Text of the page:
True Crime Sheffield: Watch Shots TV crime series video on why killer of Michaela Hague has never been caught

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Mum-of-one Michaela Hague was stabbed to death 22 years ago in an attack which shocked Sheffield.

While families across the city were enjoying bonfire night events on November 5, 2021, Michaela was targeted by a man with a knife who stabbed her a total of 19 times in her neck and back.

Her killer has never been caught.

The case features on Shots TV in a True Crime series episode available to watch on demand here.

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Michaela Hague was stabbed to death 22 years ago but her killer has never been caughtMichaela Hague was stabbed to death 22 years ago but her killer has never been caught
Michaela Hague was stabbed to death 22 years ago but her killer has never been caught

Michaela, who was working as a prostitute when she was killed, was picked up by a man trawling the streets of Sheffield’s red light district at that time.

He picked the 25-year-old up in a car from Bower Street, off Corporation Street in the city centre, and drove her to a secluded car park nearby – opposite a pub known then as The Manchester, but which is now The Harlequin.

An old-style blue Ford Sierra was seen driving away from where Michaela’s body was discovered by another sex worker, who raised the alarm.

PC Richard Twigg was the first police officer to arrive at the crime scene and Michaela managed to pass on some valuable information about her attacker, which the police officer jotted down on his hand as he tended to her before she was rushed to the Northern General Hospital by ambulance, where she succumbed to her injuries and died three hours later.

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Michaela, who lived at Lopham Street, Pitsmoor, told the police officer that her attacker was white, clean-shaven and wore a wedding ring. She said he was around 38 years old, 6ft tall and was wearing a blue fleece and glasses.

A police E-fit was later produced in the hope that her attacker would be recognised but detectives have never identified the killer.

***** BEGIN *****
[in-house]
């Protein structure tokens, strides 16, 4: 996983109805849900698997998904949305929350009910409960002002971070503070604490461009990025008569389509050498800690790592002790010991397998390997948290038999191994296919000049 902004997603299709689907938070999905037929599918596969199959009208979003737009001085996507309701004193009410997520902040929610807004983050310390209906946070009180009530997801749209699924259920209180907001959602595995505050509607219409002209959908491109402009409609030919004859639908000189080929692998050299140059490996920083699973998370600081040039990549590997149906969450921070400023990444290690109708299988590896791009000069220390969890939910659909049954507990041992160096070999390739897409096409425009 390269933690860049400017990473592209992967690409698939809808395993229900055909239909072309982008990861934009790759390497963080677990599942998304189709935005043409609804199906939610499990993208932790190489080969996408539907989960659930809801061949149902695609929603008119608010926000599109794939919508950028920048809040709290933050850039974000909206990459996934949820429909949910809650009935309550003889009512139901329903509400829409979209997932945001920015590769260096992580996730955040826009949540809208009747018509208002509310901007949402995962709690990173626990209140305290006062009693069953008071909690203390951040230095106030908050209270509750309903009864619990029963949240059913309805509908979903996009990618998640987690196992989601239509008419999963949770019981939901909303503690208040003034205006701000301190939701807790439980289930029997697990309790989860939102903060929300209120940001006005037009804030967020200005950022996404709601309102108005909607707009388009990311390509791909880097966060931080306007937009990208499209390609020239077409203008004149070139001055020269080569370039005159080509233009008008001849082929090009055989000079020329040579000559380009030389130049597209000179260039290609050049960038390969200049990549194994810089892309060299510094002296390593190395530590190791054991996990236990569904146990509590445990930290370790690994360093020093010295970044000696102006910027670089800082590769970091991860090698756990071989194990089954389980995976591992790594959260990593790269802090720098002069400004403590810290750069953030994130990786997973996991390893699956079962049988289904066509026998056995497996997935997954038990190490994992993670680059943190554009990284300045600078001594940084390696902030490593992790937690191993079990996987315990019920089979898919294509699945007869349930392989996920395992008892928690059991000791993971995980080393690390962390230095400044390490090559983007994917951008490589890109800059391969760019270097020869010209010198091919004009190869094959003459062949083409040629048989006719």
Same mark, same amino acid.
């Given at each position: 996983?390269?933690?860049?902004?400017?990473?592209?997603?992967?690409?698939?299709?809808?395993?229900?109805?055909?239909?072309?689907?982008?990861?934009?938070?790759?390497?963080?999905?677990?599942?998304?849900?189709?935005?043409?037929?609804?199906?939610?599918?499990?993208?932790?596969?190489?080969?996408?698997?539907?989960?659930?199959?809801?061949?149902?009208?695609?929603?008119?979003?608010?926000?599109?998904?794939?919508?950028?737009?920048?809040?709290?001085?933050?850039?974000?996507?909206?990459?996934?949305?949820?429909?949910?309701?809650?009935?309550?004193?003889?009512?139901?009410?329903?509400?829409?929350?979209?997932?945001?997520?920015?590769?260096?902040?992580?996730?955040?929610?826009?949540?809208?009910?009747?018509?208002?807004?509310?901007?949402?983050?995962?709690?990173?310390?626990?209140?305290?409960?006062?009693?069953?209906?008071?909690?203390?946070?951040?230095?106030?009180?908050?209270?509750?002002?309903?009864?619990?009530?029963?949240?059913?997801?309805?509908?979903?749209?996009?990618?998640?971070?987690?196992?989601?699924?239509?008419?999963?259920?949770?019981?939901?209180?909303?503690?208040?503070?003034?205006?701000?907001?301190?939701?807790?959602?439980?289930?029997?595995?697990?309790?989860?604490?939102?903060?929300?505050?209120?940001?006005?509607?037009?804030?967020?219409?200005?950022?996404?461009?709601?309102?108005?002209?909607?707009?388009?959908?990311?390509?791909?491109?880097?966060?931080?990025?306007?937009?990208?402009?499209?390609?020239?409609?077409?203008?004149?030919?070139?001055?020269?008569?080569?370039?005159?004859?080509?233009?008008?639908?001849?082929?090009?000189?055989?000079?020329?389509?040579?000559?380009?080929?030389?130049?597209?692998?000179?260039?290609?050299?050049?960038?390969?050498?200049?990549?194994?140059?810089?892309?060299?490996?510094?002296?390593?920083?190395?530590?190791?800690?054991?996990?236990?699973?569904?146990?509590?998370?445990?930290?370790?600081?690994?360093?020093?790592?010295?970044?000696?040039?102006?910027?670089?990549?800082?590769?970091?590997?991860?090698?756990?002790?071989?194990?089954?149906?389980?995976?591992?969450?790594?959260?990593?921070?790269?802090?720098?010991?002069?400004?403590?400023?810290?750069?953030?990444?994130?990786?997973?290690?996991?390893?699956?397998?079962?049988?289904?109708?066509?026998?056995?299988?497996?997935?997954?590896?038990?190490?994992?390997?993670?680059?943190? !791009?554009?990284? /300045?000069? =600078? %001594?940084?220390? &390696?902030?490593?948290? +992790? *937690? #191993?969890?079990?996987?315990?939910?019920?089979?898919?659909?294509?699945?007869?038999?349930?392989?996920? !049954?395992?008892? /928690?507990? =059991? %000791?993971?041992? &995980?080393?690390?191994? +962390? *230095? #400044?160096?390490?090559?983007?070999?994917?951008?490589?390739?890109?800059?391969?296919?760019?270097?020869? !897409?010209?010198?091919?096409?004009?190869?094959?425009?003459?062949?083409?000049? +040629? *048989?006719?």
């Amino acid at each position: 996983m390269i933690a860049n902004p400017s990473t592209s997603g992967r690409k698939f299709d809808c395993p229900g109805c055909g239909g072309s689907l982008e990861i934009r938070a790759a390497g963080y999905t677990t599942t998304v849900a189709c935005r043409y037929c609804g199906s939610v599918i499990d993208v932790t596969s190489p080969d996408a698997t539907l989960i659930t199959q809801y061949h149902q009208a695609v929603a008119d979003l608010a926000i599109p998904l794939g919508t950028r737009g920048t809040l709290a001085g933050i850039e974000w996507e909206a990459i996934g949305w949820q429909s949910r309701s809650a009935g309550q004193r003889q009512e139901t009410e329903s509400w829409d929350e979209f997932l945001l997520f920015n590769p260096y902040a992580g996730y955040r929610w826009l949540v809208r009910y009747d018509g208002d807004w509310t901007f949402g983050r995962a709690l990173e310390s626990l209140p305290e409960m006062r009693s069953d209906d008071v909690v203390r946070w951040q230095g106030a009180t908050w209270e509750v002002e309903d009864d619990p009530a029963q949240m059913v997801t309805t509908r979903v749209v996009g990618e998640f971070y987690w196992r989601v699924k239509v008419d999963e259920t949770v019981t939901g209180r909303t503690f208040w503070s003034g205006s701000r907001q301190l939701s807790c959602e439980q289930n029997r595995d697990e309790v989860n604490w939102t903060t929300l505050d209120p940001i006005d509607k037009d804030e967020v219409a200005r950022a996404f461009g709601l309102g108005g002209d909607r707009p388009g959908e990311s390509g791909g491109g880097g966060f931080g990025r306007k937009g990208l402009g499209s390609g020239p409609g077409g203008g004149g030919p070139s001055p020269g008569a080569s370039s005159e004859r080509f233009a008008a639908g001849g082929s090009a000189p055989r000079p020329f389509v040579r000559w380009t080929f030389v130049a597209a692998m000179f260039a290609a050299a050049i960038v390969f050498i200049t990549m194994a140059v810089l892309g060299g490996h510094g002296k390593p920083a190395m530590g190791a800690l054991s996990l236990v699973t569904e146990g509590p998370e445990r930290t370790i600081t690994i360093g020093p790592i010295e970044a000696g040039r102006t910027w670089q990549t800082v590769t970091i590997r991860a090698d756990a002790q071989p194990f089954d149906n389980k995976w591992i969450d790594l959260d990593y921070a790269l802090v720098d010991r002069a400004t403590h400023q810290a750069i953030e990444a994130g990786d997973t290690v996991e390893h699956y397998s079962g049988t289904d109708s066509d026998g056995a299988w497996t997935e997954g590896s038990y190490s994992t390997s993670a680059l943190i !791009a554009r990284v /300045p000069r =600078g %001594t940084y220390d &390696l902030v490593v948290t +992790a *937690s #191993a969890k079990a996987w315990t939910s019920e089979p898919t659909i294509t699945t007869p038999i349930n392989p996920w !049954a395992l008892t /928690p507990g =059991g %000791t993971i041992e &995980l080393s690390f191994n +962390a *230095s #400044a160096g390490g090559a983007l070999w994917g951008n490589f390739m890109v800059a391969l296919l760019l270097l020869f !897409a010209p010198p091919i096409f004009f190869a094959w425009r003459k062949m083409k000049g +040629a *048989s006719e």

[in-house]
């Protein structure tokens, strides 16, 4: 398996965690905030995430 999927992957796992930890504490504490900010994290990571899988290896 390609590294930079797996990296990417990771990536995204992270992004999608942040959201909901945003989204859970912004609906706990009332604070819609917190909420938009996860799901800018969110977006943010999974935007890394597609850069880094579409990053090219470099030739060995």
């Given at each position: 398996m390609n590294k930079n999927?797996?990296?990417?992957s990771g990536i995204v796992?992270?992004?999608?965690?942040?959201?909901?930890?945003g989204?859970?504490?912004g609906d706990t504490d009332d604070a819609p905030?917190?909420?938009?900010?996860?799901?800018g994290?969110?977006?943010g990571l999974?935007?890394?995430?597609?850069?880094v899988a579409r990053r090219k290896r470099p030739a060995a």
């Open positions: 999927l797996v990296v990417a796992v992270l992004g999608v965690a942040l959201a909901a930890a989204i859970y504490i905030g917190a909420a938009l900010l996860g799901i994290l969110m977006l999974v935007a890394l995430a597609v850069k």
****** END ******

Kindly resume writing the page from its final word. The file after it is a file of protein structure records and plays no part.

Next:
Appeals for information were even made on the BBC’s Crimewatch programme in case the killer was from elsewhere in the country and may only have been travelling through the city on the night of the fatal stabbing.

Michaela, who had a five-year-old son, worked as a prostitute to fund a heroin habit. She had started working on the streets just six months earlier, an inquest into her death was told.

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In a press conference held after her murder, Michaela’s heartbroken parents, Jackie and Mick Hague, who lived in Parson Cross, spoke of how their daughter was loving and from a caring family.

Mrs Hague described her as a ‘lovely, beautiful daughter’ and said her death had ripped their family apart.

The investigation into Michaela’s murder is one of the largest in South Yorkshire Police’s history, with thousands of people interviewed.

It took officers across the length and breadth of the country in their efforts to track down all the owners of blue Ford Sierras in circulation at that time in the hope of tracing the killer.

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On the tenth anniversary of the murder, Michaela’s partner, Mick Holmes, urged those with information to come forward.

“There can be no bigger sin than taking a mother away from her child,” he said.

Mick also said he feared that the killer would strike again.

Chris Dorries, the coroner who oversaw the inquest into Michaela’s death, said at the time that he hoped advances in forensic technology would eventually snare the murderer.

Anyone with information on the murder should call South Yorkshire Police on 101 or Crimestoppers on 0800 555111.